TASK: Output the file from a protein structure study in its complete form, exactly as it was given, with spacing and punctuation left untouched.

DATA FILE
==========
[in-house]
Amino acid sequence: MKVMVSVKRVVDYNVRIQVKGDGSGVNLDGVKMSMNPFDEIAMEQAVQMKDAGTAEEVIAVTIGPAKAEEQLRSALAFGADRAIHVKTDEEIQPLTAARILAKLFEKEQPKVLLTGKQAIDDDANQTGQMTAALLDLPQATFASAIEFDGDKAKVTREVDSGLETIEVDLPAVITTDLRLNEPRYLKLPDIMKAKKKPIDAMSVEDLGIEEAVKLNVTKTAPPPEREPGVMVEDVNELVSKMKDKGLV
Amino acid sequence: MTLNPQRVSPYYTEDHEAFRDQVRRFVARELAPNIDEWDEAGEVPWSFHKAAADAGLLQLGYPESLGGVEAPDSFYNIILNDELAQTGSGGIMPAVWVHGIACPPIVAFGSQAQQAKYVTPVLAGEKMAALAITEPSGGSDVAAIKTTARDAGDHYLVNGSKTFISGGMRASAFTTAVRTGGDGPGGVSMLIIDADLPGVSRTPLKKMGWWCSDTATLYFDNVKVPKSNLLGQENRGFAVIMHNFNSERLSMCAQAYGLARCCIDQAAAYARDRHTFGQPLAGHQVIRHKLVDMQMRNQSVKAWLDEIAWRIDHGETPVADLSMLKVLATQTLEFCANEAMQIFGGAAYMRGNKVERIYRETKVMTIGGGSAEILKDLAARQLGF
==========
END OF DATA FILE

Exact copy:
[in-house]
Amino acid sequence: MKVMVSVKRVVDYNVRIQVKGDGSGVNLDGVKMSMNPFDEIAMEQAVQMKDAGTAEEVIAVTIGPAKAEEQLRSALAFGADRAIHVKTDEEIQPLTAARILAKLFEKEQPKVLLTGKQAIDDDANQTGQMTAALLDLPQATFASAIEFDGDKAKVTREVDSGLETIEVDLPAVITTDLRLNEPRYLKLPDIMKAKKKPIDAMSVEDLGIEEAVKLNVTKTAPPPEREPGVMVEDVNELVSKMKDKGLV
Amino acid sequence: MTLNPQRVSPYYTEDHEAFRDQVRRFVARELAPNIDEWDEAGEVPWSFHKAAADAGLLQLGYPESLGGVEAPDSFYNIILNDELAQTGSGGIMPAVWVHGIACPPIVAFGSQAQQAKYVTPVLAGEKMAALAITEPSGGSDVAAIKTTARDAGDHYLVNGSKTFISGGMRASAFTTAVRTGGDGPGGVSMLIIDADLPGVSRTPLKKMGWWCSDTATLYFDNVKVPKSNLLGQENRGFAVIMHNFNSERLSMCAQAYGLARCCIDQAAAYARDRHTFGQPLAGHQVIRHKLVDMQMRNQSVKAWLDEIAWRIDHGETPVADLSMLKVLATQTLEFCANEAMQIFGGAAYMRGNKVERIYRETKVMTIGGGSAEILKDLAARQLGF